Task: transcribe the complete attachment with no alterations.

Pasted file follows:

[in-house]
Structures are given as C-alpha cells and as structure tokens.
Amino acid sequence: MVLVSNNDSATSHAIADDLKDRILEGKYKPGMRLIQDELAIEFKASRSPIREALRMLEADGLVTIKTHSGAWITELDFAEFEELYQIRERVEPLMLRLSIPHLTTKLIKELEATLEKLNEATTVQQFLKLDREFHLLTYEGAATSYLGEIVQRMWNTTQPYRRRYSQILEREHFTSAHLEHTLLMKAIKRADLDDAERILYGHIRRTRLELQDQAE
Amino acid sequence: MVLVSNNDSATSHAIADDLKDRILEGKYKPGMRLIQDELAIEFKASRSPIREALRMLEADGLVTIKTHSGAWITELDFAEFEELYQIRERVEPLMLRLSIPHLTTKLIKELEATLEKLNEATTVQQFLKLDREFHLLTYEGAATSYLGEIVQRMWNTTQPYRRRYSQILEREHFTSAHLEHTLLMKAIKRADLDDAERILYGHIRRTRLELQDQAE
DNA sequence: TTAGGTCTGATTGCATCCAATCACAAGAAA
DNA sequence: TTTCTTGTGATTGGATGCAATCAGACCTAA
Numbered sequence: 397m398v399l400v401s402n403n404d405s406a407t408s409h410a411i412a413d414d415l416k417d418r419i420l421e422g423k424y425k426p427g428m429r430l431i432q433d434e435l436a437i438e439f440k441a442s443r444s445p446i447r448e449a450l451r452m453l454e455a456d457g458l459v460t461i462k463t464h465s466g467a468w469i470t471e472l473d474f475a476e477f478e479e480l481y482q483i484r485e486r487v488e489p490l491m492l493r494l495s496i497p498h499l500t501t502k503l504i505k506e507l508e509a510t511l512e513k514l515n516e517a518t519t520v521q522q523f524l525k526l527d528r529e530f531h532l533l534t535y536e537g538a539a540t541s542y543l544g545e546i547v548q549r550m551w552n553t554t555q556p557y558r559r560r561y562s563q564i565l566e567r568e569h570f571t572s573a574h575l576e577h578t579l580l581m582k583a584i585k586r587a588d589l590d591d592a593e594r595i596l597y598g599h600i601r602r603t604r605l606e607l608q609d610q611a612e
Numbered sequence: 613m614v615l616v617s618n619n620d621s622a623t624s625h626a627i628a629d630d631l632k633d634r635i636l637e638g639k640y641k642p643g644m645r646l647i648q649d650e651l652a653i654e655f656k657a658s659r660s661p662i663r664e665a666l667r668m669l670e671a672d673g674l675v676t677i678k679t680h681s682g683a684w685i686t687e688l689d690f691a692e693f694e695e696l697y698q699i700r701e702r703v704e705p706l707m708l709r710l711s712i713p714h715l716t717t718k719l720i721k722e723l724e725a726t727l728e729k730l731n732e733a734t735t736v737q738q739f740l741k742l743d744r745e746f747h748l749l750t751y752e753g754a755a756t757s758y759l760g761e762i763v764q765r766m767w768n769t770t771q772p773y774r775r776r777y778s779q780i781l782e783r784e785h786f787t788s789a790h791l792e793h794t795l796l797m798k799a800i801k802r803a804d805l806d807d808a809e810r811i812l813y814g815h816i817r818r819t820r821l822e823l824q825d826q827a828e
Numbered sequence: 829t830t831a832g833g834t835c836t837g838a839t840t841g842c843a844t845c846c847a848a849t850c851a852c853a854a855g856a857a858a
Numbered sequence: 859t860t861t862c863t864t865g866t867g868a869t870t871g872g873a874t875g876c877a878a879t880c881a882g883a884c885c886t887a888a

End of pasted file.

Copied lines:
[in-house]
Structures are given as C-alpha cells and as structure tokens.
Amino acid sequence: MVLVSNNDSATSHAIADDLKDRILEGKYKPGMRLIQDELAIEFKASRSPIREALRMLEADGLVTIKTHSGAWITELDFAEFEELYQIRERVEPLMLRLSIPHLTTKLIKELEATLEKLNEATTVQQFLKLDREFHLLTYEGAATSYLGEIVQRMWNTTQPYRRRYSQILEREHFTSAHLEHTLLMKAIKRADLDDAERILYGHIRRTRLELQDQAE
Amino acid sequence: MVLVSNNDSATSHAIADDLKDRILEGKYKPGMRLIQDELAIEFKASRSPIREALRMLEADGLVTIKTHSGAWITELDFAEFEELYQIRERVEPLMLRLSIPHLTTKLIKELEATLEKLNEATTVQQFLKLDREFHLLTYEGAATSYLGEIVQRMWNTTQPYRRRYSQILEREHFTSAHLEHTLLMKAIKRADLDDAERILYGHIRRTRLELQDQAE
DNA sequence: TTAGGTCTGATTGCATCCAATCACAAGAAA
DNA sequence: TTTCTTGTGATTGGATGCAATCAGACCTAA
Numbered sequence: 397m398v399l400v401s402n403n404d405s406a407t408s409h410a411i412a413d414d415l416k417d418r419i420l421e422g423k424y425k426p427g428m429r430l431i432q433d434e435l436a437i438e439f440k441a442s443r444s445p446i447r448e449a450l451r452m453l454e455a456d457g458l459v460t461i462k463t464h465s466g467a468w469i470t471e472l473d474f475a476e477f478e479e480l481y482q483i484r485e486r487v488e489p490l491m492l493r494l495s496i497p498h499l500t501t502k503l504i505k506e507l508e509a510t511l512e513k514l515n516e517a518t519t520v521q522q523f524l525k526l527d528r529e530f531h532l533l534t535y536e537g538a539a540t541s542y543l544g545e546i547v548q549r550m551w552n553t554t555q556p557y558r559r560r561y562s563q564i565l566e567r568e569h570f571t572s573a574h575l576e577h578t579l580l581m582k583a584i585k586r587a588d589l590d591d592a593e594r595i596l597y598g599h600i601r602r603t604r605l606e607l608q609d610q611a612e
Numbered sequence: 613m614v615l616v617s618n619n620d621s622a623t624s625h626a627i628a629d630d631l632k633d634r635i636l637e638g639k640y641k642p643g644m645r646l647i648q649d650e651l652a653i654e655f656k657a658s659r660s661p662i663r664e665a666l667r668m669l670e671a672d673g674l675v676t677i678k679t680h681s682g683a684w685i686t687e688l689d690f691a692e693f694e695e696l697y698q699i700r701e702r703v704e705p706l707m708l709r710l711s712i713p714h715l716t717t718k719l720i721k722e723l724e725a726t727l728e729k730l731n732e733a734t735t736v737q738q739f740l741k742l743d744r745e746f747h748l749l750t751y752e753g754a755a756t757s758y759l760g761e762i763v764q765r766m767w768n769t770t771q772p773y774r775r776r777y778s779q780i781l782e783r784e785h786f787t788s789a790h791l792e793h794t795l796l797m798k799a800i801k802r803a804d805l806d807d808a809e810r811i812l813y814g815h816i817r818r819t820r821l822e823l824q825d826q827a828e
Numbered sequence: 829t830t831a832g833g834t835c836t837g838a839t840t841g842c843a844t845c846c847a848a849t850c851a852c853a854a855g856a857a858a
Numbered sequence: 859t860t861t862c863t864t865g866t867g868a869t870t871g872g873a874t875g876c877a878a879t880c881a882g883a884c885c886t887a888a